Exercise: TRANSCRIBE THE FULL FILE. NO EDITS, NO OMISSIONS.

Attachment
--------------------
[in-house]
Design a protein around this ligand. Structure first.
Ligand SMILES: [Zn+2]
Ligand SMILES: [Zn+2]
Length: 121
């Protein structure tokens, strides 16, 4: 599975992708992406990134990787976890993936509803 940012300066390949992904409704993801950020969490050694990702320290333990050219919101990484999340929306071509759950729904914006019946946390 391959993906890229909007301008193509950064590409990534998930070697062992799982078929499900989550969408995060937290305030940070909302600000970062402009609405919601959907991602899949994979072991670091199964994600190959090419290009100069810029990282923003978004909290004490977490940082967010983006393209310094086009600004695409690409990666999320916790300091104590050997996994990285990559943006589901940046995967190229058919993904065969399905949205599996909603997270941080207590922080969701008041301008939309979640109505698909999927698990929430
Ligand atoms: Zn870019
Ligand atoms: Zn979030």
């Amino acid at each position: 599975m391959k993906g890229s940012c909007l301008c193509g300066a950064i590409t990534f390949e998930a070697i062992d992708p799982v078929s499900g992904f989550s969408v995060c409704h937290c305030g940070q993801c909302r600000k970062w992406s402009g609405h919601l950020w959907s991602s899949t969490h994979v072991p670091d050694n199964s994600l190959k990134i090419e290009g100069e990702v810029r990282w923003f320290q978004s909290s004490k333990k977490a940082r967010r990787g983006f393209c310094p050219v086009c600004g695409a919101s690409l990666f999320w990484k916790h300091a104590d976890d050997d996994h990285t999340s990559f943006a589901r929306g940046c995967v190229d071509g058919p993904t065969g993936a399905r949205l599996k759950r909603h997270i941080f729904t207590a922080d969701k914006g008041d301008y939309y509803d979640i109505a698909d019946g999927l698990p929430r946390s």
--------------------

[in-house]
Design a protein around this ligand. Structure first.
Ligand SMILES: [Zn+2]
Ligand SMILES: [Zn+2]
Length: 121
């Protein structure tokens, strides 16, 4: 599975992708992406990134990787976890993936509803 940012300066390949992904409704993801950020969490050694990702320290333990050219919101990484999340929306071509759950729904914006019946946390 391959993906890229909007301008193509950064590409990534998930070697062992799982078929499900989550969408995060937290305030940070909302600000970062402009609405919601959907991602899949994979072991670091199964994600190959090419290009100069810029990282923003978004909290004490977490940082967010983006393209310094086009600004695409690409990666999320916790300091104590050997996994990285990559943006589901940046995967190229058919993904065969399905949205599996909603997270941080207590922080969701008041301008939309979640109505698909999927698990929430
Ligand atoms: Zn870019
Ligand atoms: Zn979030």
């Amino acid at each position: 599975m391959k993906g890229s940012c909007l301008c193509g300066a950064i590409t990534f390949e998930a070697i062992d992708p799982v078929s499900g992904f989550s969408v995060c409704h937290c305030g940070q993801c909302r600000k970062w992406s402009g609405h919601l950020w959907s991602s899949t969490h994979v072991p670091d050694n199964s994600l190959k990134i090419e290009g100069e990702v810029r990282w923003f320290q978004s909290s004490k333990k977490a940082r967010r990787g983006f393209c310094p050219v086009c600004g695409a919101s690409l990666f999320w990484k916790h300091a104590d976890d050997d996994h990285t999340s990559f943006a589901r929306g940046c995967v190229d071509g058919p993904t065969g993936a399905r949205l599996k759950r909603h997270i941080f729904t207590a922080d969701k914006g008041d301008y939309y509803d979640i109505a698909d019946g999927l698990p929430r946390s």